Week Five: Character Sketch

Disclaimer: I am participating in the Start Writing Fiction course run by the Open University, on FutureLearn. I will be posting the things that I write as part of that course on this blog. Please note that these are all to be considered as drafts only, nothing will be a perfectly polished finished piece.

In this section we had to submit a 300-500 word piece for peer assessment.

This was the first time I was late in submitting something. I had planned on doing it at the weekend, but had quite a bad cold when it rolled around.

 

 


 

 

He sat alone in his kitchen, a warm mug of tea cradled in his wrinkled hands; the ticking of the clock on the wall the only sound to break the silence.

Dave was a simple man, always had been. He’d always hated having to share his personal space with anyone. Having someone sharing his house felt like having an invading army encroaching on his space, and the more their life seeped into his the more frustrated he became.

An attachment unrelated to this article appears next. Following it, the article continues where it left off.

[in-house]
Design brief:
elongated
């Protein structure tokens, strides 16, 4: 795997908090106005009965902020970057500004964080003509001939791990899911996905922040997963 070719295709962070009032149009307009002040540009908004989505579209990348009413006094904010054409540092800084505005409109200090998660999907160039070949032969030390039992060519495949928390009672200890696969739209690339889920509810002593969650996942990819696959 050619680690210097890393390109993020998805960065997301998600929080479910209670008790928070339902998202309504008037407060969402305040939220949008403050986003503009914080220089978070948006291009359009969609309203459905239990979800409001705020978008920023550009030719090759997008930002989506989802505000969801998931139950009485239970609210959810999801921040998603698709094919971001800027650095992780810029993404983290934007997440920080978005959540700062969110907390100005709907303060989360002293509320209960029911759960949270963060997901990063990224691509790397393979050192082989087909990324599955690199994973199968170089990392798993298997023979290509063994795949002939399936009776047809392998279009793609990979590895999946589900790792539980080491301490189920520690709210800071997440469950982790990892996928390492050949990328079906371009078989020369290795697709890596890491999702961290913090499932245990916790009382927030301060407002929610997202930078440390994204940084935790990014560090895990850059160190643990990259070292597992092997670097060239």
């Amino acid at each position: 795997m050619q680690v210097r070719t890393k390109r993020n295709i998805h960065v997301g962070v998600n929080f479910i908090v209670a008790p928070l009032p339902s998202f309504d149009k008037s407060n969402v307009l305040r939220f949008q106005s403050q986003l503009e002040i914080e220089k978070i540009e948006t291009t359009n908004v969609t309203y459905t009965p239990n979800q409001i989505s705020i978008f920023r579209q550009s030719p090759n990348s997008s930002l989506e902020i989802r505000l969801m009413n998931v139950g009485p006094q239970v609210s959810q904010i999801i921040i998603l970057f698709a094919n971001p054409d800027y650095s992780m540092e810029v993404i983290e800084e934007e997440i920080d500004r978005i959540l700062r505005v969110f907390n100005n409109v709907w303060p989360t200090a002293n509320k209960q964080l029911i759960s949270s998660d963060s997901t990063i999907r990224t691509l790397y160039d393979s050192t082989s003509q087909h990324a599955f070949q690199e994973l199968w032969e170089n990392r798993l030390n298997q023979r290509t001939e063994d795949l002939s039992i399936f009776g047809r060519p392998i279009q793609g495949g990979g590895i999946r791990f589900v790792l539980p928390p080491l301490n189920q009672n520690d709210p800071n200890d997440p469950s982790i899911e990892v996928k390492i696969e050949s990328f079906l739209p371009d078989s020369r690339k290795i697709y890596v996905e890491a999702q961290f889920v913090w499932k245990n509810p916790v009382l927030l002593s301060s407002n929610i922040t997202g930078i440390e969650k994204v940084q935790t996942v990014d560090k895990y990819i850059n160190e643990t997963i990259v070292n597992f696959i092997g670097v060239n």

He liked things a certain way. There was no harm in that. Anyone could relate.

People who knew him said he was too quiet, too withdrawn, didn’t smile enough. Was he happy?

Of course he was happy, not everyone spent their entire life grinning like idiots just for the hell of it.

The clock continued ticking away, heedless of the grumpy old man grumbling away beneath it.

He finally had everything he had ever wanted, so why wasn’t he any happier?

He had a house to himself, away from the hustle and bustle of the city; he was able to retire early, and still live comfortably without financial worry; he was a published author, as he’d always dreamed of being.

What was missing?

With a mind of their own, his eyes wandered to the photograph pinned to his fridge, under the eye-less fish magnet.

The photo was taken almost thirty years ago, and had been displayed there almost as long, surviving even two fridge replacements over the years.  He always put it back; it was where it belonged after all.

In it was himself, aged twenty-five years old, and still in possession of all of his brown hair. All around him was his family. His mother, and her mother, God rest their souls. His two uncles, their spouses, and between them their six children, and their children as well.

What a madhouse that day had been.